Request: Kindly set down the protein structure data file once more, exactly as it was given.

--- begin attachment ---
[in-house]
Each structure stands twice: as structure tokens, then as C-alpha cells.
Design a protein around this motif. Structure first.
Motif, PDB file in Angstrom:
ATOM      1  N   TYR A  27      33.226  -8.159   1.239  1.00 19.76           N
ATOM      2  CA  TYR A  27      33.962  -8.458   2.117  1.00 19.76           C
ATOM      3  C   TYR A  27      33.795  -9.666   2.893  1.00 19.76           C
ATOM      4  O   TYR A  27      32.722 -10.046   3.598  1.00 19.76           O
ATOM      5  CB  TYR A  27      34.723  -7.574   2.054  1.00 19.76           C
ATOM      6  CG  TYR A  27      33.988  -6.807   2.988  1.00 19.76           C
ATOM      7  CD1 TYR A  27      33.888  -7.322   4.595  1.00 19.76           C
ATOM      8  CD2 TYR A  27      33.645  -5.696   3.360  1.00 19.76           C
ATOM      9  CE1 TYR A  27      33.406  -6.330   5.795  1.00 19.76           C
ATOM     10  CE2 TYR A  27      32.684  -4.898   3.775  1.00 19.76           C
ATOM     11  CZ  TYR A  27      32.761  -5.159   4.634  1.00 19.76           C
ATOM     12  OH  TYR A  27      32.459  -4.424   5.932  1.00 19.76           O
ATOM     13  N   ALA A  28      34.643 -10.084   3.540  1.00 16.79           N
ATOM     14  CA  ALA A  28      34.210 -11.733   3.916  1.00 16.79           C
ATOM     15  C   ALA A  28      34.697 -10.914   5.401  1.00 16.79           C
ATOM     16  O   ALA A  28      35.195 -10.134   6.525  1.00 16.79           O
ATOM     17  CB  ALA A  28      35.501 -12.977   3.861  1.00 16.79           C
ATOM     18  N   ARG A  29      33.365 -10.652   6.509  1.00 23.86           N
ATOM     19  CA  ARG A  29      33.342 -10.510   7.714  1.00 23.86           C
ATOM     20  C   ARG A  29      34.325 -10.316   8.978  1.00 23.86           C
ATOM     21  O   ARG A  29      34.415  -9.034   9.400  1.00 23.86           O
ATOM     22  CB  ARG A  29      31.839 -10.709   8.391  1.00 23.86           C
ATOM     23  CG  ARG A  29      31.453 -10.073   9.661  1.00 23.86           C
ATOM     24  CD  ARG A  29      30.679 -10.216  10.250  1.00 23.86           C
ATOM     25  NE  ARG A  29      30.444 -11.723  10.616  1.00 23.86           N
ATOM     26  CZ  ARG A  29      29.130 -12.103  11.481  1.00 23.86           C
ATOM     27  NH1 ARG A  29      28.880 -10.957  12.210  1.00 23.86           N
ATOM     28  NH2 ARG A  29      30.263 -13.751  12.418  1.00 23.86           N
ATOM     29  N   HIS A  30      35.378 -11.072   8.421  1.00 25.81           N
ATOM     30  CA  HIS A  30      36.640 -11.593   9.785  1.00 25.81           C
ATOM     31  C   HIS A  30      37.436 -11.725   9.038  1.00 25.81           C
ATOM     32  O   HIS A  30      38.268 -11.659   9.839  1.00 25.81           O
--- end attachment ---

[in-house]
Each structure stands twice: as structure tokens, then as C-alpha cells.
Design a protein around this motif. Structure first.
Motif, PDB file in Angstrom:
ATOM      1  N   TYR A  27      33.226  -8.159   1.239  1.00 19.76           N
ATOM      2  CA  TYR A  27      33.962  -8.458   2.117  1.00 19.76           C
ATOM      3  C   TYR A  27      33.795  -9.666   2.893  1.00 19.76           C
ATOM      4  O   TYR A  27      32.722 -10.046   3.598  1.00 19.76           O
ATOM      5  CB  TYR A  27      34.723  -7.574   2.054  1.00 19.76           C
ATOM      6  CG  TYR A  27      33.988  -6.807   2.988  1.00 19.76           C
ATOM      7  CD1 TYR A  27      33.888  -7.322   4.595  1.00 19.76           C
ATOM      8  CD2 TYR A  27      33.645  -5.696   3.360  1.00 19.76           C
ATOM      9  CE1 TYR A  27      33.406  -6.330   5.795  1.00 19.76           C
ATOM     10  CE2 TYR A  27      32.684  -4.898   3.775  1.00 19.76           C
ATOM     11  CZ  TYR A  27      32.761  -5.159   4.634  1.00 19.76           C
ATOM     12  OH  TYR A  27      32.459  -4.424   5.932  1.00 19.76           O
ATOM     13  N   ALA A  28      34.643 -10.084   3.540  1.00 16.79           N
ATOM     14  CA  ALA A  28      34.210 -11.733   3.916  1.00 16.79           C
ATOM     15  C   ALA A  28      34.697 -10.914   5.401  1.00 16.79           C
ATOM     16  O   ALA A  28      35.195 -10.134   6.525  1.00 16.79           O
ATOM     17  CB  ALA A  28      35.501 -12.977   3.861  1.00 16.79           C
ATOM     18  N   ARG A  29      33.365 -10.652   6.509  1.00 23.86           N
ATOM     19  CA  ARG A  29      33.342 -10.510   7.714  1.00 23.86           C
ATOM     20  C   ARG A  29      34.325 -10.316   8.978  1.00 23.86           C
ATOM     21  O   ARG A  29      34.415  -9.034   9.400  1.00 23.86           O
ATOM     22  CB  ARG A  29      31.839 -10.709   8.391  1.00 23.86           C
ATOM     23  CG  ARG A  29      31.453 -10.073   9.661  1.00 23.86           C
ATOM     24  CD  ARG A  29      30.679 -10.216  10.250  1.00 23.86           C
ATOM     25  NE  ARG A  29      30.444 -11.723  10.616  1.00 23.86           N
ATOM     26  CZ  ARG A  29      29.130 -12.103  11.481  1.00 23.86           C
ATOM     27  NH1 ARG A  29      28.880 -10.957  12.210  1.00 23.86           N
ATOM     28  NH2 ARG A  29      30.263 -13.751  12.418  1.00 23.86           N
ATOM     29  N   HIS A  30      35.378 -11.072   8.421  1.00 25.81           N
ATOM     30  CA  HIS A  30      36.640 -11.593   9.785  1.00 25.81           C
ATOM     31  C   HIS A  30      37.436 -11.725   9.038  1.00 25.81           C
ATOM     32  O   HIS A  30      38.268 -11.659   9.839  1.00 25.81           O